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Proto-Tai language

Proto-Tai is the reconstructed common ancestor (proto-language) of all the Tai languages, including modern Lao, Shan, Tai Lü, Tai Dam, Ahom, Northern Thai, Thai, Bouyei, and Zhuang.

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Proto-Tibeto-Burman language

The Proto-Tibeto-Burman language is the reconstructed ancestor of the Tibeto-Burman languages, the Sino-Tibetan languages except for Chinese.

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Qieyun

The Qieyun is a Chinese rime dictionary, published in 601 CE during the Sui dynasty.

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Qin (state)

Qin (Old Chinese: *) was an ancient Chinese state during the Zhou dynasty.

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Qin dynasty

The Qin dynasty was the first dynasty of Imperial China, lasting from 221 to 206 BC.

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Rebus

A rebus is a puzzle device which combines the use of illustrated pictures with individual letters to depict words and/or phrases.

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Reduplication

Reduplication in linguistics is a morphological process in which the root or stem of a word (or part of it) or even the whole word is repeated exactly or with a slight change.

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Relative clause

A relative clause is a kind of subordinate clause that contains the element whose interpretation is provided by an antecedent on which the subordinate clause is grammatically dependent; that is, there is an anaphora relation between the relativized element in the relative clause and antecedent on which it depends.

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Rice

Rice is the seed of the grass species Oryza sativa (Asian rice) or Oryza glaberrima (African rice).

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Rime dictionary

A rime dictionary, rhyme dictionary, or rime book is an ancient type of Chinese dictionary that collates characters by tone and rhyme, instead of by radical.

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Root (linguistics)

A root (or root word) is a word that does not have a prefix in front of the word or a suffix at the end of the word.

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Scapula

In anatomy, the scapula (plural scapulae or scapulas; also known as shoulder bone, shoulder blade or wing bone) is the bone that connects the humerus (upper arm bone) with the clavicle (collar bone).

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Seal script

Seal script is an ancient style of writing Chinese characters that was common throughout the latter half of the 1st millennium BC.

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Shandong

Shandong (formerly romanized as Shantung) is a coastal province of the People's Republic of China, and is part of the East China region.

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Shang dynasty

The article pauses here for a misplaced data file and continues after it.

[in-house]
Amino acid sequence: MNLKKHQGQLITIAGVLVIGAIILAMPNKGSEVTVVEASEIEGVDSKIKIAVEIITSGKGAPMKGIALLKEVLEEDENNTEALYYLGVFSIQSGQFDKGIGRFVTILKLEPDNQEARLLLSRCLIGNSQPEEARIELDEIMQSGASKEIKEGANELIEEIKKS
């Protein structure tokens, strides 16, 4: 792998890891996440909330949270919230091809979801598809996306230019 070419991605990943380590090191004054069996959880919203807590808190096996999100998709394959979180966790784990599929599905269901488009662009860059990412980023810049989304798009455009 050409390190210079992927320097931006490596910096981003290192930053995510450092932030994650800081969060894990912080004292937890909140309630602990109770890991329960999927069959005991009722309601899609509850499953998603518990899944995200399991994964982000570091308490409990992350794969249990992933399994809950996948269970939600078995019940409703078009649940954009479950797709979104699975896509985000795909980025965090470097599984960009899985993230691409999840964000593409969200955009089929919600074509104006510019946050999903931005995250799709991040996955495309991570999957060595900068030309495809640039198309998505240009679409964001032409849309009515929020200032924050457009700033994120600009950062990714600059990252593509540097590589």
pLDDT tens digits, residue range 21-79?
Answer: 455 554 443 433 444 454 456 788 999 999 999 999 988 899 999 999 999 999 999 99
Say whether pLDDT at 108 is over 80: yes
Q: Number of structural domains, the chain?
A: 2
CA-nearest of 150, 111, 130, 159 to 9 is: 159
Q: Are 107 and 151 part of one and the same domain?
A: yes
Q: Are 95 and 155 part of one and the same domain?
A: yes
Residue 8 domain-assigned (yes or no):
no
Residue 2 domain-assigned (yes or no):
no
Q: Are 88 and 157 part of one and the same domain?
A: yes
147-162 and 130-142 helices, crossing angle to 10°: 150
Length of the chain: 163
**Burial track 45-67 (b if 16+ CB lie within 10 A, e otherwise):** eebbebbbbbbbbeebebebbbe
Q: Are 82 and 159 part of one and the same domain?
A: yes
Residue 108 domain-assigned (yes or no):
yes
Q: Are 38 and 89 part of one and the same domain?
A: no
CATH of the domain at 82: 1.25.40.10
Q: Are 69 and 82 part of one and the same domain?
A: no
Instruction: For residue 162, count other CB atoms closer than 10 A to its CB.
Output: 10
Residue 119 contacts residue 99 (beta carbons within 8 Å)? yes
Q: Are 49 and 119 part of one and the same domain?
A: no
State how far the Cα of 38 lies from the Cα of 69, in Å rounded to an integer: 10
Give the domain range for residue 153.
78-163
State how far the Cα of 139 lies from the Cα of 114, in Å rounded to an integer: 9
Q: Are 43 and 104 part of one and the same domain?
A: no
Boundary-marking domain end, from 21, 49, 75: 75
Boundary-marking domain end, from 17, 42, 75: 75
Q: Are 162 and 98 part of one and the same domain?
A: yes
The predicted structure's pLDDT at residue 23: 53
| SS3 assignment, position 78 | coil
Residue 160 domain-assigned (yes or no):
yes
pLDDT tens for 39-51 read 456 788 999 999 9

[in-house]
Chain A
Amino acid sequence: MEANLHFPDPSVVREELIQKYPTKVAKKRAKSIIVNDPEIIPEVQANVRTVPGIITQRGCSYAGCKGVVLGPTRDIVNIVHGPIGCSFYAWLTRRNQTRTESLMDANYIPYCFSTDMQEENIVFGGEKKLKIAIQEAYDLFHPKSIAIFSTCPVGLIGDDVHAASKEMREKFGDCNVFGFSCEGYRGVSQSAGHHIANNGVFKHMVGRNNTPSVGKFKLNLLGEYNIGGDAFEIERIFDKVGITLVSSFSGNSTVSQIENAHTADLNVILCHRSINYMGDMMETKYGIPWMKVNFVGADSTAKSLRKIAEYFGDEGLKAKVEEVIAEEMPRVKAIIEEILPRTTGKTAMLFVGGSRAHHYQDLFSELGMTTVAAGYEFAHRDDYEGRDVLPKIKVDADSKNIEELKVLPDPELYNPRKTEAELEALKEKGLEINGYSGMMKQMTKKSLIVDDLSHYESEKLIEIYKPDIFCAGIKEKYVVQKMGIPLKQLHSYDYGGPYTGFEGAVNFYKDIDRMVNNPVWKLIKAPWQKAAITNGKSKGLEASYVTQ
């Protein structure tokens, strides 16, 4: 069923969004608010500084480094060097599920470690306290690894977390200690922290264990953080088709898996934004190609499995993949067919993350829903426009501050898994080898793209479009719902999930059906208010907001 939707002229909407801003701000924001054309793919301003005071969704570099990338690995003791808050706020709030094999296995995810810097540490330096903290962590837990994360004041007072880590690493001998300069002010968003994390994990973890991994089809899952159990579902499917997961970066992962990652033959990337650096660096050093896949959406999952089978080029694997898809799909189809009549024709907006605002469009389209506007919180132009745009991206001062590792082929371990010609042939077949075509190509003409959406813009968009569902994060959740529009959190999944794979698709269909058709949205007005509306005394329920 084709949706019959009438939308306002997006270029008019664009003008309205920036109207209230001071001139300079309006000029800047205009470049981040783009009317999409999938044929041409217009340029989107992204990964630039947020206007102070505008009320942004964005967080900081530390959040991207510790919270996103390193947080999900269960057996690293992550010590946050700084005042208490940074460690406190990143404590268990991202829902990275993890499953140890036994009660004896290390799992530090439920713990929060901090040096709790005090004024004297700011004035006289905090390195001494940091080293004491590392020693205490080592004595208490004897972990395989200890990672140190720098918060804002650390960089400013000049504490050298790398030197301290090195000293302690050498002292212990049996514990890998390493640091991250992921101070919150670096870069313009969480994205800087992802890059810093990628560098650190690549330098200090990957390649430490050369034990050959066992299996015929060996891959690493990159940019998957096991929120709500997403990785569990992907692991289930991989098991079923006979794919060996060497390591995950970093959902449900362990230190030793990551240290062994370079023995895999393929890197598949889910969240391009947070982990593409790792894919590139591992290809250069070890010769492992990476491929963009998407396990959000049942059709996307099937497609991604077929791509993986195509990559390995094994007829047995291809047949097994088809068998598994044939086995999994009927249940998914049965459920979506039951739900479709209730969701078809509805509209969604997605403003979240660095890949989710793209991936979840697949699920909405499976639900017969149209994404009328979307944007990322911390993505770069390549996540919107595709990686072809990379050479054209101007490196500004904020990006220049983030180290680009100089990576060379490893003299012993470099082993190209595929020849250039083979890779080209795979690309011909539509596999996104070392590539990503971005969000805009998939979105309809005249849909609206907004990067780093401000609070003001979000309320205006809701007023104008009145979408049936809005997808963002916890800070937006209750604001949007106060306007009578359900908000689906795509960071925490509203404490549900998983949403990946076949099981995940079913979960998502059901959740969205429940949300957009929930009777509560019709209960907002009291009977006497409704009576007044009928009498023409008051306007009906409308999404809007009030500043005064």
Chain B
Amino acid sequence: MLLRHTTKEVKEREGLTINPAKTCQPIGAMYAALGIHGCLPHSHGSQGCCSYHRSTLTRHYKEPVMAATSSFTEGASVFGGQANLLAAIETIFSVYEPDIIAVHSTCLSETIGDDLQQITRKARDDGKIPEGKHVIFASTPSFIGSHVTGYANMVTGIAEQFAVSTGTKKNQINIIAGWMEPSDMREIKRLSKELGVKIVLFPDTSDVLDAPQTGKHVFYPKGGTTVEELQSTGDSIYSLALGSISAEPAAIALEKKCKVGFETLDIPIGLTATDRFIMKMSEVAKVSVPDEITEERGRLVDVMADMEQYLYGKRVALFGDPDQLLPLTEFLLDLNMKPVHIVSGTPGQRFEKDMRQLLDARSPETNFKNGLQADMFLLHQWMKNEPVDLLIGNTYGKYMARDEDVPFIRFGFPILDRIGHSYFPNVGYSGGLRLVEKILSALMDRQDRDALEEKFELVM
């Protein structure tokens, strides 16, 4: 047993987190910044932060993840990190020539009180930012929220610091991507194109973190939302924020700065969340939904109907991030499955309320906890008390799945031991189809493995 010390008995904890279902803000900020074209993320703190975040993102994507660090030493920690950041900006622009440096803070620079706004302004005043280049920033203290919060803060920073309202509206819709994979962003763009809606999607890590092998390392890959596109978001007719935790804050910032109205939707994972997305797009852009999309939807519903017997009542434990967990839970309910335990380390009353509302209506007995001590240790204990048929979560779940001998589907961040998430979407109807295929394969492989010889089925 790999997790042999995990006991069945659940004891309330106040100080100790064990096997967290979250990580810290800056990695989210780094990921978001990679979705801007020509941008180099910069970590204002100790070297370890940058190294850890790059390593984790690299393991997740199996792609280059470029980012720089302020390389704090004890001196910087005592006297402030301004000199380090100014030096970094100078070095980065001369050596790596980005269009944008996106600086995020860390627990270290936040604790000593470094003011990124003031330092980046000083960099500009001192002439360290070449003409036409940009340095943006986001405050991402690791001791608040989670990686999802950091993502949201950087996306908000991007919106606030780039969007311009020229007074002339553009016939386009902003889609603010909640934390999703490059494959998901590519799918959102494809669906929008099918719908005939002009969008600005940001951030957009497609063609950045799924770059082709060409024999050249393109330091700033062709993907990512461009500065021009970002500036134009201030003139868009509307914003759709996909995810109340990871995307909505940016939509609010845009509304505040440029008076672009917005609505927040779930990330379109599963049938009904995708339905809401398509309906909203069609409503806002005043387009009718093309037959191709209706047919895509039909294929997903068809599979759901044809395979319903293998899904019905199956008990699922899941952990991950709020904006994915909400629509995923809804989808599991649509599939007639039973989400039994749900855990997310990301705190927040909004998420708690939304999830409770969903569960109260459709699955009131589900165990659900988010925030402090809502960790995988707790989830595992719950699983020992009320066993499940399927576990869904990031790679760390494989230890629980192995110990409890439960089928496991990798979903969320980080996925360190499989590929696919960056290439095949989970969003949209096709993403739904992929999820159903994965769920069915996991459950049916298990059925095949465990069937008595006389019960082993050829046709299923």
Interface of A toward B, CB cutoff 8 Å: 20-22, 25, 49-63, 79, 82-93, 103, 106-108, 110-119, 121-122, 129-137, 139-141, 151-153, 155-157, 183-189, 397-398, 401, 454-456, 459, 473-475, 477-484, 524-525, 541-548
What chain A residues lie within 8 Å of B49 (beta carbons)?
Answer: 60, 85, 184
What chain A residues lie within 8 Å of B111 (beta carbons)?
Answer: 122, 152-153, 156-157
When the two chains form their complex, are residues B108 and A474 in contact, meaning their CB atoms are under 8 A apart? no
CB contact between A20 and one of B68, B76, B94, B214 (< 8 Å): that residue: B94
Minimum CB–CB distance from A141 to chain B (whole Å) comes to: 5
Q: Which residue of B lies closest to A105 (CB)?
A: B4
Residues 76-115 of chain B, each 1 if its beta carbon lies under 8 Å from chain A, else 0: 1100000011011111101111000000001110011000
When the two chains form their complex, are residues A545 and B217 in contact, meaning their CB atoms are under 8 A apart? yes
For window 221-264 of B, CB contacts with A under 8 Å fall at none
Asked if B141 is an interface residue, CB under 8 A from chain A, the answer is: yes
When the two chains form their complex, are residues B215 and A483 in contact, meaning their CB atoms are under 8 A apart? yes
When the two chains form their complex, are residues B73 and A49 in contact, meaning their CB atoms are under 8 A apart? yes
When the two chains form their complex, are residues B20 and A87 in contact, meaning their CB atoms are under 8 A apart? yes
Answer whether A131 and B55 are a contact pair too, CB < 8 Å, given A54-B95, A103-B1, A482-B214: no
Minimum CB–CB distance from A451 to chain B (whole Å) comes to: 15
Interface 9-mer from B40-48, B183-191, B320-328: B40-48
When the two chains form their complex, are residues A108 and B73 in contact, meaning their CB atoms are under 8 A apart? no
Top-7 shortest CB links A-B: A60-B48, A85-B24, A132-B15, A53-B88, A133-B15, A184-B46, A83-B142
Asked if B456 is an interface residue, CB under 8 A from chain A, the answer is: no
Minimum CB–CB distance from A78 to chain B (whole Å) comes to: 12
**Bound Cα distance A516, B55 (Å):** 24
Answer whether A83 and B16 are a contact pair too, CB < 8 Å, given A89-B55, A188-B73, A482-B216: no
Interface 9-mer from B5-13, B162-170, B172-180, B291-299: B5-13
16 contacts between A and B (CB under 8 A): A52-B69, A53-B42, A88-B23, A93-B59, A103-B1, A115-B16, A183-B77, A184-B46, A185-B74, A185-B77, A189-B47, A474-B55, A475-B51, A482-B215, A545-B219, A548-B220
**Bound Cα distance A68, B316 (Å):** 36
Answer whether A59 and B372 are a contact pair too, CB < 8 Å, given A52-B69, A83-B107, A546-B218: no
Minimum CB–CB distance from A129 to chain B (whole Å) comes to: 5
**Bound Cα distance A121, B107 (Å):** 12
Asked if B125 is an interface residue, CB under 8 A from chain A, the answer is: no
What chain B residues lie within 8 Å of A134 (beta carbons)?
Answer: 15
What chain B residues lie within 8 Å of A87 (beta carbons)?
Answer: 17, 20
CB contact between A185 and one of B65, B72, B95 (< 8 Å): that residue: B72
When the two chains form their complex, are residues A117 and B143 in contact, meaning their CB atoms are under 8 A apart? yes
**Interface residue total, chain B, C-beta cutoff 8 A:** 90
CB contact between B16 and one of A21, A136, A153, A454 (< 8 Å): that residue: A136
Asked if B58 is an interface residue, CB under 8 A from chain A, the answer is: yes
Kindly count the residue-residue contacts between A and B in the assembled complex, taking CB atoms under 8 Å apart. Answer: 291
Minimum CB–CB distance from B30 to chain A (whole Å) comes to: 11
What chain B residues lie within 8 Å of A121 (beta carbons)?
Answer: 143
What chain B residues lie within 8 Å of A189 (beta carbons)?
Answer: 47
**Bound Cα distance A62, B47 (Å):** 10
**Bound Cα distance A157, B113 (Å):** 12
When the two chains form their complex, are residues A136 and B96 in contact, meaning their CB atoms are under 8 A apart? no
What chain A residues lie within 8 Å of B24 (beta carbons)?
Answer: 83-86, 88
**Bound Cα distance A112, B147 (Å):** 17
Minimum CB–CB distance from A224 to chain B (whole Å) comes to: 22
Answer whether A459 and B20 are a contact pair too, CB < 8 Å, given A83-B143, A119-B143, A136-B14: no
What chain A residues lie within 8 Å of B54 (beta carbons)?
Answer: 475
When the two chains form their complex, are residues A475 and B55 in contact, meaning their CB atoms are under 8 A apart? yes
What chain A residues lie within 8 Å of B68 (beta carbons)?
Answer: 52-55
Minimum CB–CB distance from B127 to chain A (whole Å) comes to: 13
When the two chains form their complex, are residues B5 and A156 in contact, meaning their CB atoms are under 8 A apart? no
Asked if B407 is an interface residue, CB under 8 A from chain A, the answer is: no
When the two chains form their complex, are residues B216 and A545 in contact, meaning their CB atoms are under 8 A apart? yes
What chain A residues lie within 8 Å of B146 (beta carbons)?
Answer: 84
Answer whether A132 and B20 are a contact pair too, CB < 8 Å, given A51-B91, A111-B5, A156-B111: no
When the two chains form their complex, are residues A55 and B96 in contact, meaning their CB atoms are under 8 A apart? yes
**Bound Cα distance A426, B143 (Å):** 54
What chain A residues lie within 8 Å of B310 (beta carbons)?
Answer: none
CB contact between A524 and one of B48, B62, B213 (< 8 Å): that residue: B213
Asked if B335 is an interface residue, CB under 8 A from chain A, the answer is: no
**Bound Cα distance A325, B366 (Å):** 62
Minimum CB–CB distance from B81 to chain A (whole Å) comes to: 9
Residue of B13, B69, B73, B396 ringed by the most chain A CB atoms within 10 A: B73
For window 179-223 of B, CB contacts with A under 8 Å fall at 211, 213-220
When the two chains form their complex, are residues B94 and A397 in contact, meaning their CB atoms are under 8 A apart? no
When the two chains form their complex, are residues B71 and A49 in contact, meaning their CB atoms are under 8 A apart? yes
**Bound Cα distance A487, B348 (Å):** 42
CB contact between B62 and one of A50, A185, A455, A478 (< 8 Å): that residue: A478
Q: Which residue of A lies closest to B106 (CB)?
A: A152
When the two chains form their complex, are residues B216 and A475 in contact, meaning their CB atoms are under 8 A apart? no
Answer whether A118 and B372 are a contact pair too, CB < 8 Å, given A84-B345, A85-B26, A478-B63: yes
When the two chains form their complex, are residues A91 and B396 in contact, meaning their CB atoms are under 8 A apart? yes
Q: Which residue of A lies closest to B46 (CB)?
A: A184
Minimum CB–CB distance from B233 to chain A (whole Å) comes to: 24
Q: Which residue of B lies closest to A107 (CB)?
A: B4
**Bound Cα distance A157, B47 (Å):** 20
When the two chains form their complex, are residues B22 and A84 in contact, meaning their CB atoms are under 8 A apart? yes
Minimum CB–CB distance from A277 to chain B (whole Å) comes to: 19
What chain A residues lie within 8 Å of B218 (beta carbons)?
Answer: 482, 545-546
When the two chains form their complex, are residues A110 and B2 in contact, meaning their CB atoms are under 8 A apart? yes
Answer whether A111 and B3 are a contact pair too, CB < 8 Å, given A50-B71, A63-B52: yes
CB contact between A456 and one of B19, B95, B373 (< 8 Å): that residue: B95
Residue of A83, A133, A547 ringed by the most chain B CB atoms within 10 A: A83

The Shang dynasty or Yin dynasty, according to traditional historiography, ruled in the Yellow River valley in the second millennium BC, succeeding the Xia dynasty and followed by the Zhou dynasty.

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Shuowen Jiezi

Shuowen Jiezi, often shortened to Shuowen, was an early 2nd-century Chinese dictionary from the Han Dynasty.

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Sibilant

Sibilance is an acoustic characteristic of fricative and affricate consonants of higher amplitude and pitch, made by directing a stream of air with the tongue towards the sharp edge of the teeth, which are held close together; a consonant that uses sibilance may be called a sibilant.

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Sino-Tibetan languages

The Sino-Tibetan languages, in a few sources also known as Trans-Himalayan, are a family of more than 400 languages spoken in East Asia, Southeast Asia and South Asia.

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Spring and Autumn Annals

The Spring and Autumn Annals or Chunqiu is an ancient Chinese chronicle that has been one of the core Chinese classics since ancient times.

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Spring and Autumn period

The Spring and Autumn period was a period in Chinese history from approximately 771 to 476 BC (or according to some authorities until 403 BC) which corresponds roughly to the first half of the Eastern Zhou Period.

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Stop consonant

In phonetics, a stop, also known as a plosive or oral occlusive, is a consonant in which the vocal tract is blocked so that all airflow ceases.

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Subject (grammar)

The subject in a simple English sentence such as John runs, John is a teacher, or John was hit by a car is the person or thing about whom the statement is made, in this case 'John'.

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Subject–verb–object

In linguistic typology, subject–verb–object (SVO) is a sentence structure where the subject comes first, the verb second, and the object third.

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Tang dynasty

The Tang dynasty or the Tang Empire was an imperial dynasty of China preceded by the Sui dynasty and followed by the Five Dynasties and Ten Kingdoms period.

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Tarim Basin

The Tarim Basin is an endorheic basin in northwest China occupying an area of about.

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The Cambridge History of China

The Cambridge History of China is an ongoing series of books published by Cambridge University Press (CUP) covering the history of China from the founding of the Qin dynasty in 221 BC to 1982.

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Tibeto-Burman languages